In addition to the indiscriminate refuse disposal, most drainage systems in Nigeria are clogged up because people are constantly dumping plastic bottles and bags in them. Staff of the Abuja Environment Protection Board (AEPB) are sometimes seen accompanied by heavily armed security officers, chasing hawkers and beggars off the streets but paying little or no attention to the illegal dumping of refuse which should be their primary responsibility.
Over the last three decades, the exponential population growth, coupled with increased commercial activity, have increased waste generation in Nigeria. A lack of proper collection and disposal of this waste poses a threat to both humans and the environment at large. Due to improper chemical waste disposal, some communities in Nigeria are faced today with issues of soil, air and water contamination, while other communities are faced with environmental degradation.
Moving the sanitation needle
To overcome this growing ugly trend, we must re-examine our actions and inaction. We must begin by asking the question of what has worked in the past and where we need to urgently improve. As a country, Nigeria cannot afford to continue living in dirt. We must take urgent and deliberate steps to change this narrative by adopting a multisectoral approach, bearing in mind the social determinants of health. To do so, the following issues should be addressed:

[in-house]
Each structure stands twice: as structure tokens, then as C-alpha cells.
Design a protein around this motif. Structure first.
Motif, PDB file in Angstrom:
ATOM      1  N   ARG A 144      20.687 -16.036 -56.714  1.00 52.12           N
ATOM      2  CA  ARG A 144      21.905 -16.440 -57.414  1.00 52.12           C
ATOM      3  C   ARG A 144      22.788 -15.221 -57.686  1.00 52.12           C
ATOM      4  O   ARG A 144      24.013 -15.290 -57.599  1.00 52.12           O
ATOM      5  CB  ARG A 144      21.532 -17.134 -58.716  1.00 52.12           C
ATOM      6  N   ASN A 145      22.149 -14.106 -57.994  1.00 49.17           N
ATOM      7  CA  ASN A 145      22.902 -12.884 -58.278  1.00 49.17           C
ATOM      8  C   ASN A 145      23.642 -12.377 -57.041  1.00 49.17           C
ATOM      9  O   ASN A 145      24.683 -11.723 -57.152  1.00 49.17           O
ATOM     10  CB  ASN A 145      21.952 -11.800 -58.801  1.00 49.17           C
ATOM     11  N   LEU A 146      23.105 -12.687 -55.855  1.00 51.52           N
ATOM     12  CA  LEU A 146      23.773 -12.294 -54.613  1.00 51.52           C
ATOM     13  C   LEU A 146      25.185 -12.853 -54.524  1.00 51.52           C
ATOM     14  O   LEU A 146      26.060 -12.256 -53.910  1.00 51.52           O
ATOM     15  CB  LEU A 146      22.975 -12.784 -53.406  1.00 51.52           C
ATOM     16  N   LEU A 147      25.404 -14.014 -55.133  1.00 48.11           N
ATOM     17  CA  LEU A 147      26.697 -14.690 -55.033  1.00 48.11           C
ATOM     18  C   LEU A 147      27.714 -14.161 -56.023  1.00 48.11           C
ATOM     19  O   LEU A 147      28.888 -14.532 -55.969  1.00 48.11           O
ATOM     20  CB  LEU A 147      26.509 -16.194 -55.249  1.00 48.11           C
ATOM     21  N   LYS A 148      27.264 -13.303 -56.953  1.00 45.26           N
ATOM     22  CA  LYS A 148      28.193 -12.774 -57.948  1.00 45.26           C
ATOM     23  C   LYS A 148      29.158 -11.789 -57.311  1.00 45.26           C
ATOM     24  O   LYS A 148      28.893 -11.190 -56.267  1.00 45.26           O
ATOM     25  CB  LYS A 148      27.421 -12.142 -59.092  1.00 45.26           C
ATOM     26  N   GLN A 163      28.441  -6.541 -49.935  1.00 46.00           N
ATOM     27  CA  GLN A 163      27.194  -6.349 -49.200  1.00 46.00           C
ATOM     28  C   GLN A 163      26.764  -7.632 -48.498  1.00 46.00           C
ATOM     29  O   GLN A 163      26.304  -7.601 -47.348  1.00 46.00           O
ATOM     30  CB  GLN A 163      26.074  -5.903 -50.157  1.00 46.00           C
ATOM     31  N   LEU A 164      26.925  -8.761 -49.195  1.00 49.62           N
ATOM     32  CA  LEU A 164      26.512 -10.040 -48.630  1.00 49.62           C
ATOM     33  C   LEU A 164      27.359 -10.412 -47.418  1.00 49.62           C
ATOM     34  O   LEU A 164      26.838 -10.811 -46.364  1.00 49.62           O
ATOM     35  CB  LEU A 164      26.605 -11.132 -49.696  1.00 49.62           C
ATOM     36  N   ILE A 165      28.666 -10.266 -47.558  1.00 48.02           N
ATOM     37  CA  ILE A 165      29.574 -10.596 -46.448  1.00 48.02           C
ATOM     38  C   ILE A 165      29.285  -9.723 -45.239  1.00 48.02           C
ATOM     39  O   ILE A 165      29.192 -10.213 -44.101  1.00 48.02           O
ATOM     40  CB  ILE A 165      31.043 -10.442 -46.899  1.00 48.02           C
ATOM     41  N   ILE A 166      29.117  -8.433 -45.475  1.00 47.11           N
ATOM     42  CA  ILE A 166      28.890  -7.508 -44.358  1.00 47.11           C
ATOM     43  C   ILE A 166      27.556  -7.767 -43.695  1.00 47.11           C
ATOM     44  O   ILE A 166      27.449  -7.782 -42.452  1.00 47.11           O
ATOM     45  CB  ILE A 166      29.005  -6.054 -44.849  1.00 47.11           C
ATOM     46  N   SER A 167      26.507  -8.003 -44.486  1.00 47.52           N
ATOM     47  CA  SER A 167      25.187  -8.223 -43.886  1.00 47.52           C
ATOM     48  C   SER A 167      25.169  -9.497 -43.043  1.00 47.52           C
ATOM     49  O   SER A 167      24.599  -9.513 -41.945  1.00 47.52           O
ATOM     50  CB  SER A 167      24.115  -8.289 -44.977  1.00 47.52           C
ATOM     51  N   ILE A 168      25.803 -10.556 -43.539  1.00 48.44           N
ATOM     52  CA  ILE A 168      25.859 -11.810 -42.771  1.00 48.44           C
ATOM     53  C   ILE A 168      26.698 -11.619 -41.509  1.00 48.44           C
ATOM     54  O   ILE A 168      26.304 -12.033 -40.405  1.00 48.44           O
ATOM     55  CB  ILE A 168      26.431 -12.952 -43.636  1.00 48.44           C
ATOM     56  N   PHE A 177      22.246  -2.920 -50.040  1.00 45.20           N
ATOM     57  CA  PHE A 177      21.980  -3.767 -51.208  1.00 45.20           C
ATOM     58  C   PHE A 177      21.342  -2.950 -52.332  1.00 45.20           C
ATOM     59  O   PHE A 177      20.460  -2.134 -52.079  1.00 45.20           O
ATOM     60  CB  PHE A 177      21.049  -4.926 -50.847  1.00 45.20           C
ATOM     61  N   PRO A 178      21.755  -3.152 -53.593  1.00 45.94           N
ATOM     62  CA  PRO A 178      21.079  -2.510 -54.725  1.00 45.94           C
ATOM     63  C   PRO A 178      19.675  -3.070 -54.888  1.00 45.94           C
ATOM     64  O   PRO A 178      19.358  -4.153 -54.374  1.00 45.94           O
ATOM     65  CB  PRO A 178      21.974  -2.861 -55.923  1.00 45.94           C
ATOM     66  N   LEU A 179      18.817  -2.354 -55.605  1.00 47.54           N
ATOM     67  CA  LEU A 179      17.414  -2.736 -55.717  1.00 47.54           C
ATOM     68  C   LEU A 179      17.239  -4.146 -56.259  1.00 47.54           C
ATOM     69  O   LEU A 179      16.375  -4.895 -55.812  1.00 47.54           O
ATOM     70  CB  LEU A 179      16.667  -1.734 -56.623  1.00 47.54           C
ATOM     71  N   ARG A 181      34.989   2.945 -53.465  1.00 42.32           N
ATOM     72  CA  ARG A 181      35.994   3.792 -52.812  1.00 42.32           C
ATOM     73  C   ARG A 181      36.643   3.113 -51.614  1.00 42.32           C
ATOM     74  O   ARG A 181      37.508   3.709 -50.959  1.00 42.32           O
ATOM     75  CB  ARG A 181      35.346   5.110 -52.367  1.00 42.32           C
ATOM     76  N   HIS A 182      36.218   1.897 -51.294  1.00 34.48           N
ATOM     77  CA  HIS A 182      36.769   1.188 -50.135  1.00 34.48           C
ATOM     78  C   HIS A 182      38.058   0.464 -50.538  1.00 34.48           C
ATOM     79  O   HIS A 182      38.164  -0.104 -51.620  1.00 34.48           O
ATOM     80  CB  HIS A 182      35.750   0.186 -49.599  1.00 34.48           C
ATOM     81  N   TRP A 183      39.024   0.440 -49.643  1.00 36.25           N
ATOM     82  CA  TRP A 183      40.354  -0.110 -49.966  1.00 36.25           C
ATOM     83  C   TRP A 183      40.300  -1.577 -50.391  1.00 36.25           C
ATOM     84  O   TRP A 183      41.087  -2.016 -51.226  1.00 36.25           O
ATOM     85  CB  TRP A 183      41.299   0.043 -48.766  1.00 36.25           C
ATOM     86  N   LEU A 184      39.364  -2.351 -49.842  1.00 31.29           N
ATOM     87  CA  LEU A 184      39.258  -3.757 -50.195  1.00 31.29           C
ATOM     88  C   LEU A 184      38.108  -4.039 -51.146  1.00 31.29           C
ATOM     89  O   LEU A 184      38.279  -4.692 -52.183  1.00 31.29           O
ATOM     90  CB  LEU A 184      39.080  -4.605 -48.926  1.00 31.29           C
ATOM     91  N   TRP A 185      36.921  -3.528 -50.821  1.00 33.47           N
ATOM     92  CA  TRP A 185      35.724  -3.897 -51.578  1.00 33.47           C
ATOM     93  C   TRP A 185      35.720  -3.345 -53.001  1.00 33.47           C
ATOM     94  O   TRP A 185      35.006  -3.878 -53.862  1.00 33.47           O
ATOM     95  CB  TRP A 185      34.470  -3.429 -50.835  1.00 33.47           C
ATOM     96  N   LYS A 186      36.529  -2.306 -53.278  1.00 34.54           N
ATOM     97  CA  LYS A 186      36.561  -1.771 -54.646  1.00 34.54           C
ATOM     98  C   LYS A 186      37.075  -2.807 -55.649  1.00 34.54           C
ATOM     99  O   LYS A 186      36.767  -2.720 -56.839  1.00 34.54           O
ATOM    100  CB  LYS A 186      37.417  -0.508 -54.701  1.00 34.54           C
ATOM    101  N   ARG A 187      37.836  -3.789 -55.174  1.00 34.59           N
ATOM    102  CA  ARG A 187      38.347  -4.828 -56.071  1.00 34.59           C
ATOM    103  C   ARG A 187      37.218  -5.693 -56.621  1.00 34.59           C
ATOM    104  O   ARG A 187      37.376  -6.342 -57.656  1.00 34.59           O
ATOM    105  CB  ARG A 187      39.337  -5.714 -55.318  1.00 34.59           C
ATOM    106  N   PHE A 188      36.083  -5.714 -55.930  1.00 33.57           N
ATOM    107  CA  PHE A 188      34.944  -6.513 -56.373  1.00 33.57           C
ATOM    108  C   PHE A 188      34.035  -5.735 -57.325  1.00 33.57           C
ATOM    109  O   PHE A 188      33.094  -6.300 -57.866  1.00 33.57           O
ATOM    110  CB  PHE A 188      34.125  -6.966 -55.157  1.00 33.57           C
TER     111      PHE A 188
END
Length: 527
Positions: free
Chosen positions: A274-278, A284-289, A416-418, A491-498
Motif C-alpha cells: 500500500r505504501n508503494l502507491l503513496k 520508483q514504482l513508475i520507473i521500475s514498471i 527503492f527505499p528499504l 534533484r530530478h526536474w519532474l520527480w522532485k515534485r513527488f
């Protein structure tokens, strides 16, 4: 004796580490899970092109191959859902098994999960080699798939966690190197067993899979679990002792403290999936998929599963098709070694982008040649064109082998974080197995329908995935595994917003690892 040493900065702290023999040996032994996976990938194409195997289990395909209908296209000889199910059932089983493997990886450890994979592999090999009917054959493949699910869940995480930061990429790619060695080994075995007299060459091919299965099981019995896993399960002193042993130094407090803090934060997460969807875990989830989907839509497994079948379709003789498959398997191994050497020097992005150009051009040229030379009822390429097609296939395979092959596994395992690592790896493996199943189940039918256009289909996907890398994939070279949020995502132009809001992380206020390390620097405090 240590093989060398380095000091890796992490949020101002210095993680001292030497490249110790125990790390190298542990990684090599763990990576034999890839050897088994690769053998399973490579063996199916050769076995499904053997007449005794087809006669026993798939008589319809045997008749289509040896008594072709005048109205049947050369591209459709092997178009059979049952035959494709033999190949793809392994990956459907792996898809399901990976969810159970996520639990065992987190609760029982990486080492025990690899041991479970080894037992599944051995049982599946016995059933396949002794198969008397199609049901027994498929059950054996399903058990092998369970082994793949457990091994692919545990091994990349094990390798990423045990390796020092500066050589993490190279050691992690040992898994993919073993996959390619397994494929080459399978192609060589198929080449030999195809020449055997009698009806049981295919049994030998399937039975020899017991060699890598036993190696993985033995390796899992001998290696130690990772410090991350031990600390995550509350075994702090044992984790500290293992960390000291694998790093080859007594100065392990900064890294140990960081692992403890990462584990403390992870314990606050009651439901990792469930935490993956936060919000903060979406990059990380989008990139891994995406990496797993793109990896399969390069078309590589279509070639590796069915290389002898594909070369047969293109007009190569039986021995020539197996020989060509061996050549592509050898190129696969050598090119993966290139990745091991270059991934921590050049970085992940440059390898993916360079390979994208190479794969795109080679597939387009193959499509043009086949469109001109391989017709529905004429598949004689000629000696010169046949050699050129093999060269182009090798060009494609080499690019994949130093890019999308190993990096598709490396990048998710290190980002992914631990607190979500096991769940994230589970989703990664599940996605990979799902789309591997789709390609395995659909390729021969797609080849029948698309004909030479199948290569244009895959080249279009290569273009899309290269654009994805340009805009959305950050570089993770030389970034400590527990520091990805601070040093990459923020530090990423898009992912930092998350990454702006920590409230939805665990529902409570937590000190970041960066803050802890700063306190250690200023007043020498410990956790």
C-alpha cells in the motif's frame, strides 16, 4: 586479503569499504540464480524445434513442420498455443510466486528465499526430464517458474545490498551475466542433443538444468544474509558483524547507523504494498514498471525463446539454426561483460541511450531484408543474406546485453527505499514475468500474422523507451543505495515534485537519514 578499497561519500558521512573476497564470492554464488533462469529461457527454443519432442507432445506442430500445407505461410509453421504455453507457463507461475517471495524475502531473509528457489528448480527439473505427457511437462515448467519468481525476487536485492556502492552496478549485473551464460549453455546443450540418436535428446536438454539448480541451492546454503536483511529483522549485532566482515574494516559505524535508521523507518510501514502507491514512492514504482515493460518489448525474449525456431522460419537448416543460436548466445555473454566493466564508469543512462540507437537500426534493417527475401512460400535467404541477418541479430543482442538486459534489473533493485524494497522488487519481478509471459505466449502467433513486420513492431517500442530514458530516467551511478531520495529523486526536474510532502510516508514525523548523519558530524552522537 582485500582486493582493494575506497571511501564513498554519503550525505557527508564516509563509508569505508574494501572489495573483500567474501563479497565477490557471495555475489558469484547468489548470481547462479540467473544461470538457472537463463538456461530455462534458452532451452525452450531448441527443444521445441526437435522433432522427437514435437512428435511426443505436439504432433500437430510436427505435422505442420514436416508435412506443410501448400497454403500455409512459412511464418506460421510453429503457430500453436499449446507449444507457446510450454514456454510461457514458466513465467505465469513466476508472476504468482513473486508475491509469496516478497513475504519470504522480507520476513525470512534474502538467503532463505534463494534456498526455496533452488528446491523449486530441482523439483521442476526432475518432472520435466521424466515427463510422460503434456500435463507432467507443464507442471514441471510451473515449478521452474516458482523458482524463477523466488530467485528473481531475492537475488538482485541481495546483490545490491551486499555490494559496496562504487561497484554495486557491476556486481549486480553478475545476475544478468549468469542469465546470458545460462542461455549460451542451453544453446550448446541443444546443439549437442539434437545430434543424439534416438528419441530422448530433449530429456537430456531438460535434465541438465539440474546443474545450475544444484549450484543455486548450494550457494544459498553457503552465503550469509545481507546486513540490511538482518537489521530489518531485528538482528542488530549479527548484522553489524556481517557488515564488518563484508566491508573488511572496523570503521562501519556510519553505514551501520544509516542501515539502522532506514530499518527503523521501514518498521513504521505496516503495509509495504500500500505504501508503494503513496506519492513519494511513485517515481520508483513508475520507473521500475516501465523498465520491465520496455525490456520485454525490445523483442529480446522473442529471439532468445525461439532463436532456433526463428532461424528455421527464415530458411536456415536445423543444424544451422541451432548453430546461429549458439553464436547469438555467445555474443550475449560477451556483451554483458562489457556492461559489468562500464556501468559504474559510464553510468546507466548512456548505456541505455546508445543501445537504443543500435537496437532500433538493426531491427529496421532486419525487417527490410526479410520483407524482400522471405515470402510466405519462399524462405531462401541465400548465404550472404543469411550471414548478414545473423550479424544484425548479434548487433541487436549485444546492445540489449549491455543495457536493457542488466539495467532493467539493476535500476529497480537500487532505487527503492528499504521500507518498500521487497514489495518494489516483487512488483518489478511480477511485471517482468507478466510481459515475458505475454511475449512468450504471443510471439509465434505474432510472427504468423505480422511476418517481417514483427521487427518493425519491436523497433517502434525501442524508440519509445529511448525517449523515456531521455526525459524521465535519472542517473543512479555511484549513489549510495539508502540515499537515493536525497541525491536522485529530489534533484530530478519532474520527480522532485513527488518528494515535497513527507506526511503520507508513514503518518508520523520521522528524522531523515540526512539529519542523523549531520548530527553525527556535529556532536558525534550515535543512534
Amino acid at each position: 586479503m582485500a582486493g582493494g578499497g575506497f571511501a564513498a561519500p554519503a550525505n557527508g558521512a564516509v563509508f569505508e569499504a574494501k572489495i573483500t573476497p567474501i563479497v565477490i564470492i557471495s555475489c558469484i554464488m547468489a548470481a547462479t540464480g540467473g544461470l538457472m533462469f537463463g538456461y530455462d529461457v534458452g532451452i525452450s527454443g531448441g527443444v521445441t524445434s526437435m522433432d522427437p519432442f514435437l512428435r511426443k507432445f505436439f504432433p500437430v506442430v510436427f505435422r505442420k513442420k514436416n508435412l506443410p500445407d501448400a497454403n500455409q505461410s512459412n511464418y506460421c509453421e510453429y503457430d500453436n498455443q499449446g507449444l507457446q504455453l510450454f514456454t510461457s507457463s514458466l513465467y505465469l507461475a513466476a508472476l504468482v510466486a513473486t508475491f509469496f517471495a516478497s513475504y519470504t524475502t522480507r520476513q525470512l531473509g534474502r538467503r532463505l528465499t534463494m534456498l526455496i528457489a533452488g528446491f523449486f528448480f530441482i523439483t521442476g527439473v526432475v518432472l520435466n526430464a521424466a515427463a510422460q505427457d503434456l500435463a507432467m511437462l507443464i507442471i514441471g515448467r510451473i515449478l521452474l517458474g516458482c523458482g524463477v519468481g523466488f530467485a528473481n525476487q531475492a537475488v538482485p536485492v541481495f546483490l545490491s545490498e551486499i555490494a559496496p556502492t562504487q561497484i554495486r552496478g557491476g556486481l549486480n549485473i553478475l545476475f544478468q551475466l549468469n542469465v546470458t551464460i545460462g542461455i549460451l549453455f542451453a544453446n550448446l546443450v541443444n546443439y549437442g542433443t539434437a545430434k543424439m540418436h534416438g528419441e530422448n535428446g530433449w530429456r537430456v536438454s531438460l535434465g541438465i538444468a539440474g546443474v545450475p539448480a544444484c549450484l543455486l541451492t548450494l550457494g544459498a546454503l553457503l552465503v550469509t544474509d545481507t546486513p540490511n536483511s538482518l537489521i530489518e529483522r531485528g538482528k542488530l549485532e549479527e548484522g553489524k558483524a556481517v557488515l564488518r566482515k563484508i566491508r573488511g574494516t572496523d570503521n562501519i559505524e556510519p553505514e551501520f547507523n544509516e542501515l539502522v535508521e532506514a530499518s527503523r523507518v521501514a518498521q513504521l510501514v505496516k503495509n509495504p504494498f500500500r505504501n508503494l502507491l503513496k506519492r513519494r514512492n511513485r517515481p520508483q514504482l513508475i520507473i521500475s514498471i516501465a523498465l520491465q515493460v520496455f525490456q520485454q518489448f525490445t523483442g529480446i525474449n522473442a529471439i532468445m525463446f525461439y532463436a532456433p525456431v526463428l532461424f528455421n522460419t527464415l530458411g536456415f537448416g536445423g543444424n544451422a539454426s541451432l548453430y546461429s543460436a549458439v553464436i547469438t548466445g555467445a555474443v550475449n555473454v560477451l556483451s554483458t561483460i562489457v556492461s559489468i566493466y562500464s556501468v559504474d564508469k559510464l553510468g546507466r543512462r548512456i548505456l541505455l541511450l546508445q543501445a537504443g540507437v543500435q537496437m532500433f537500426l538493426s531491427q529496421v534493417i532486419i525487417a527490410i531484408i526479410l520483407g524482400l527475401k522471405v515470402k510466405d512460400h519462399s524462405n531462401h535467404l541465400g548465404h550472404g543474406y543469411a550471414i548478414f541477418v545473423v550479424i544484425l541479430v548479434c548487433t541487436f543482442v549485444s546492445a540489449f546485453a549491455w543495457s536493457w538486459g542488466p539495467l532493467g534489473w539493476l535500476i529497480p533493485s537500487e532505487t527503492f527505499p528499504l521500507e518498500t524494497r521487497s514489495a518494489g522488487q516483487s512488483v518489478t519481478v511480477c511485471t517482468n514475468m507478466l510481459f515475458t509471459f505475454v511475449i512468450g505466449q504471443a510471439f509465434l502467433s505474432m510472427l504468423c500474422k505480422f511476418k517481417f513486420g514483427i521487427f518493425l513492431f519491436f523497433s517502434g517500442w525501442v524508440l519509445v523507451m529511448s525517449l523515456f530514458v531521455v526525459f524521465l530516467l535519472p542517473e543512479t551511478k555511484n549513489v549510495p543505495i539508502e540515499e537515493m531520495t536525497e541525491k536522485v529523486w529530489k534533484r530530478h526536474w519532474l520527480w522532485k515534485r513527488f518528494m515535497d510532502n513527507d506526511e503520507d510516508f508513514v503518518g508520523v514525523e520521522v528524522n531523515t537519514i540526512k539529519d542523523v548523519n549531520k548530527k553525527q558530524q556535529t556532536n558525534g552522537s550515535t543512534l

i. Improving solid waste management: Government at all levels must be willing to support sanitation and give it the urgent priority that it deserves. We must take a cue from the strong leadership taken by the government of Rwanda in tackling waste management. The country’s ban on the use of non-biodegradable plastics bags and packaging materials, earned it capital, Kigali, a prestigious badge, as one of cleanest cities in Africa by UN Habitat in 2008.
ii. Waste recycling: Recycling is an excellent way of saving energy and conserving the environment. However, for recycling to be effectively done, the Federal Government must take the lead in driving waste recycling activities in Nigeria. Provision should be made for the collection of different categories of waste such as glass bottles, plastics, papers and cans. A national strategic recycling plan and actionable steps for improving recycling in Nigeria will definitely go a long way in achieving this and supporting the work done by companies such as WeCyclers, Chanja Datti, and Recycle Points.